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Maeve's Times: In Her Own Words


Maeve's Times: In Her Own Words

When Maeve Binchy died suddenly two summers ago at the far-too-young age of 72, I was among millions in the literary universe who mourned her passing.

In conversation with friends, the sad event naturally prompted questions like “What was your favorite book? I’ve always liked…” and here one would receive the praises of any or all 16 then-published Binchy novels, with later accolades for number 17, her posthumous A WEEK IN WINTER. When I innocently commented instead on my deep admiration for her journalism --- her prolific four-decade association with The Irish Times --- my utterance was met with incredulous stares. Even friends who knew I’d spent nearly 25 years reporting for a very unremarkable Canadian paper were surprised. “But newspaper stuff is old the day after it’s written…” etc. etc.

The foregoing is a long way of saying that the just-published MAEVE’S TIMES is a real godsend to those of us inspired by good reporting and increasingly frustrated by the rarity of it these days. It is a brilliant anthology of her best work for Ireland’s leading newspaper, beginning with the mid-1960s trials of a young teacher (Maeve herself) herding elementary grade students through a field trip, running right up to 2011 when she typed up a thoughtful reflection on the allure of the latest royal superstars, William and Kate.

"...a real godsend to those of us inspired by good reporting and increasingly frustrated by the rarity of it these days. It is a brilliant anthology of [Binchy's] best work for Ireland’s leading newspaper..."

For so many of us “baby boomers” born within a decade of Binchy, MAEVE’S TIMES are also our times. They’ve spanned the Cold War, anti-nuclear protests, a plethora of human and natural tragedies, the festering sore of Middle East unrest, civil war in a dozen different failed states, the uncertainties of national healthcare, the Thatcher-Reagan era, the rise and fall of global powers, the shifting west-to-east economy, the impact of borderless technology, the unrecognized power of the elderly, the abuse of women, the illusory myths of wealth and success to which we cling, and the enjoyment of simple happiness for what it is.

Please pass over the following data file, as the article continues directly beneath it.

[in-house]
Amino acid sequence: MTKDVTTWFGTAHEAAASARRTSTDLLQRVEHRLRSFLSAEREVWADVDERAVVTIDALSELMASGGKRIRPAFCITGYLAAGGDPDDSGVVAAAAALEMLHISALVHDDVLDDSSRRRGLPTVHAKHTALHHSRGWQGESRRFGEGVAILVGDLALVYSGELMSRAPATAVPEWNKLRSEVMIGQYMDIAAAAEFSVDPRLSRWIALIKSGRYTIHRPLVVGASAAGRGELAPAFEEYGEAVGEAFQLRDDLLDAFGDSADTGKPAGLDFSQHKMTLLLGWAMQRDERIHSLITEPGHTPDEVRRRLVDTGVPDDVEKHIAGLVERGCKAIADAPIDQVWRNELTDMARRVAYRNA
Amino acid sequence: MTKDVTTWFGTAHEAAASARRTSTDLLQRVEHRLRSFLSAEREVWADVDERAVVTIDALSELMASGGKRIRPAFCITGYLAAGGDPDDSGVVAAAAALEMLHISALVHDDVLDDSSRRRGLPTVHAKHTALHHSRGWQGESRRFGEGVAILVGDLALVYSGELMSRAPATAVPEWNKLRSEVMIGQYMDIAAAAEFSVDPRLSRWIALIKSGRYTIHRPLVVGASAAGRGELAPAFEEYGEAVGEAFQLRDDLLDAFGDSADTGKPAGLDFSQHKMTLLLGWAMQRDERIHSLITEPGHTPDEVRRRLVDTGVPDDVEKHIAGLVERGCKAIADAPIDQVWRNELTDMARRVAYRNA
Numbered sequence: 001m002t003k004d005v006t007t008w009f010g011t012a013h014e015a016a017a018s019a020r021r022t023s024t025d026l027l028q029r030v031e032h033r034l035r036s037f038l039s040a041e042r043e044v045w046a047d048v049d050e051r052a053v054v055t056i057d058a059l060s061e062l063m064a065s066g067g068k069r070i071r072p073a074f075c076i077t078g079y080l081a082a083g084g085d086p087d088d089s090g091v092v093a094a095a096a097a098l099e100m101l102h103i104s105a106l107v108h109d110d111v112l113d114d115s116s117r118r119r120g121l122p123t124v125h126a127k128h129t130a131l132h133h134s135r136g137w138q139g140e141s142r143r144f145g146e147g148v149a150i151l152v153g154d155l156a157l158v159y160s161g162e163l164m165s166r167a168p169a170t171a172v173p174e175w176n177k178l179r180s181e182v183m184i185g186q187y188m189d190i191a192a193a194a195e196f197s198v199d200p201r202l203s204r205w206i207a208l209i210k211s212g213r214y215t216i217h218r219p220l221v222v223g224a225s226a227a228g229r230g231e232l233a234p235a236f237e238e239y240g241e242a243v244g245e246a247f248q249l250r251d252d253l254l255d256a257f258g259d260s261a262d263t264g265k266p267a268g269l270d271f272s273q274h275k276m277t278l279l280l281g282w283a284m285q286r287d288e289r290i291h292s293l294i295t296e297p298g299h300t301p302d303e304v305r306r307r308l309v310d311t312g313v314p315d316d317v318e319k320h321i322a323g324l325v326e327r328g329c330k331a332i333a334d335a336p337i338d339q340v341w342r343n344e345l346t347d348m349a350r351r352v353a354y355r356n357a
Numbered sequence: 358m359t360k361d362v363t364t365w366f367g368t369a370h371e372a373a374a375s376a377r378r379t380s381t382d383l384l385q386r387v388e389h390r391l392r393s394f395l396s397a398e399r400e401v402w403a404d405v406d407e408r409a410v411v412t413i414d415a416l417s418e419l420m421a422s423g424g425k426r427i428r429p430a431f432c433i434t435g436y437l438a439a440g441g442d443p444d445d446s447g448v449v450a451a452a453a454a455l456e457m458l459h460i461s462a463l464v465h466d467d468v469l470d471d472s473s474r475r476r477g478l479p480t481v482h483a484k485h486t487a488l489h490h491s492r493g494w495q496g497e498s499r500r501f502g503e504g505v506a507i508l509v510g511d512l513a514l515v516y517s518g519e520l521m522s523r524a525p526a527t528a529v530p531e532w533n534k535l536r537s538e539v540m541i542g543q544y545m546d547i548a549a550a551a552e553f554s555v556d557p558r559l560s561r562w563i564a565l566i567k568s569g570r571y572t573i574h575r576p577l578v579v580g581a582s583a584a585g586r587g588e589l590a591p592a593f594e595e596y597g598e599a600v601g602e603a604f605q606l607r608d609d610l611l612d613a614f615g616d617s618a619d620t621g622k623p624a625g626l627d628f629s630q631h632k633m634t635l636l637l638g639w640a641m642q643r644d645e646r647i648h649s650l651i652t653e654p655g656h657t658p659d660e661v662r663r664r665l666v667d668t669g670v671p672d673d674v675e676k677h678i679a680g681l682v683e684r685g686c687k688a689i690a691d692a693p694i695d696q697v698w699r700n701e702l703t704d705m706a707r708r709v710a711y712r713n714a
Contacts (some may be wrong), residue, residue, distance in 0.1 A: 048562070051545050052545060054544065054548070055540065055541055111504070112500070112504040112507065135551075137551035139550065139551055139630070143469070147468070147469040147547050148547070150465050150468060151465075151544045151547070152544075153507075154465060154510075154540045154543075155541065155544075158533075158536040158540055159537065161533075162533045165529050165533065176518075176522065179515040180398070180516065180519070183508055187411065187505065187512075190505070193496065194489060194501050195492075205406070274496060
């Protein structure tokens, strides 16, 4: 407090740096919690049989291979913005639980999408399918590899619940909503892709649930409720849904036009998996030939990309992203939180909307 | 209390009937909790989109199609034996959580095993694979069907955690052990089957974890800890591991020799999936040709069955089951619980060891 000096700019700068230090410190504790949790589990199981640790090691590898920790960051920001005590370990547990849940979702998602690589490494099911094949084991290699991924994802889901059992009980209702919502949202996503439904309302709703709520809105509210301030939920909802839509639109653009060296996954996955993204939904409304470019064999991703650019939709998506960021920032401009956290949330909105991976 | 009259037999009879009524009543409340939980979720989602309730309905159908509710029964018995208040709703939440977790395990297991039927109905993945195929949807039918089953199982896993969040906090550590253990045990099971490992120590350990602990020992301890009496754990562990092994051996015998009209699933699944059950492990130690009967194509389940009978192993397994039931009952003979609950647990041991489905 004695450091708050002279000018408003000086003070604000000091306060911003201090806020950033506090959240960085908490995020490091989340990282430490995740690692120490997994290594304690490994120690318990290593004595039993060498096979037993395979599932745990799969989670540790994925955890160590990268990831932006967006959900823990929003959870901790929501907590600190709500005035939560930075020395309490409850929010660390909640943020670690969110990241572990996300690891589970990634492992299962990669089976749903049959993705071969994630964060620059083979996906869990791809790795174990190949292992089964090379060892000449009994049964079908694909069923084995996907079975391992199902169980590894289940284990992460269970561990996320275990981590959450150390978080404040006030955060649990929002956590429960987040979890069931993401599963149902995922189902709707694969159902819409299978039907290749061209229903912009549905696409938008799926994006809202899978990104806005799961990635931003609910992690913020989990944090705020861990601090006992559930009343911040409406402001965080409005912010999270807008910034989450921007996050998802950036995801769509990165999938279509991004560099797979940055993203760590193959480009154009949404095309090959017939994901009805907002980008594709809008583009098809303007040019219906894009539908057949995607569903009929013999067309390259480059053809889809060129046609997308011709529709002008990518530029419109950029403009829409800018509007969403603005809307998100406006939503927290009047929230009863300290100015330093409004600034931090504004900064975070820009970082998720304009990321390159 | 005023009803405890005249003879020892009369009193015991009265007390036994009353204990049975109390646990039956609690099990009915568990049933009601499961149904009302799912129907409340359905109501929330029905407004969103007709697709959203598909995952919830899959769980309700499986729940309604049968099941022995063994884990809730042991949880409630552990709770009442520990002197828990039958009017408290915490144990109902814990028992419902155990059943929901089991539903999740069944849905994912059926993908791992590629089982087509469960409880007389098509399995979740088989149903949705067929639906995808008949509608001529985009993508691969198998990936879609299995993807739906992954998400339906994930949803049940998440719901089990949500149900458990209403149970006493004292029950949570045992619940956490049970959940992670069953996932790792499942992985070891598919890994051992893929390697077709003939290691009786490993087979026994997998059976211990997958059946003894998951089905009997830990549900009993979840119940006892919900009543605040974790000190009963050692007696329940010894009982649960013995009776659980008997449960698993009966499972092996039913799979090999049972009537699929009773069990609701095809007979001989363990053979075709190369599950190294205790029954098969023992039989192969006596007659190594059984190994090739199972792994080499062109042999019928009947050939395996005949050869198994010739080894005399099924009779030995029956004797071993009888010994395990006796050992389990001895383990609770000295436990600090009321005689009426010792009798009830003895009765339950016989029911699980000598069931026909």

Binchy’s four-plus decades as a working journalist ran as a fascinating and deep parallel to her international life as a bestselling novelist, pumping out what she called “escapist” or “airport” fiction. But what few realize is that she didn’t publish her first famous title, LIGHT A PENNY CANDLE, until 1982 when she was well into middle age and had two solid decades of daily press experience to build on. Despite the absorbing length of her fiction-writing, Binchy’s Irish Times feature stories are, more often than not, pure gems of unforgettable brevity, in which even the most stringent editorial demands regarding word count simply disappear in the sheer art of her telling.

With increasing freedom over the years to create her own headlines (most mere reporters have to suffer whatever semantic indignities editors jam into the space above their columns), the Contents page of MAEVE’S TIMES reads like a magical list of possibilities: Whatever could that be about? you ask. And, in many cases, it’s a hilarious, thought-provoking or even tear-producing experience.

Whether she was writing descriptively, critically, forensically, amiably, sadly, optimistically, cynically (or in any other state of mind), Maeve Binchy the journalist always had something meaningful to say, just as much so in 1964 as in 2011. Few of us among the “fifth estate” could lay claim to such a noteworthy achievement.

So I’m taking a grave risk in the face of millions of fiction fans in saying that if you’re among the few on this planet who have never read a Maeve Binchy book, start with MAEVE’S TIMES. Then you’ll truly understand how the outstanding reporter formed the iconic novelist.

Reviewed by Pauline Finch on November 7, 2014

Maeve's Times: In Her Own Words
by Maeve Binchy

  • Publication Date: October 28, 2014
  • Genres: Collection, Literary, Nonfiction
  • Hardcover: 400 pages
  • Publisher: Knopf
  • ISBN-10: 0385353456
  • ISBN-13: 9780385353458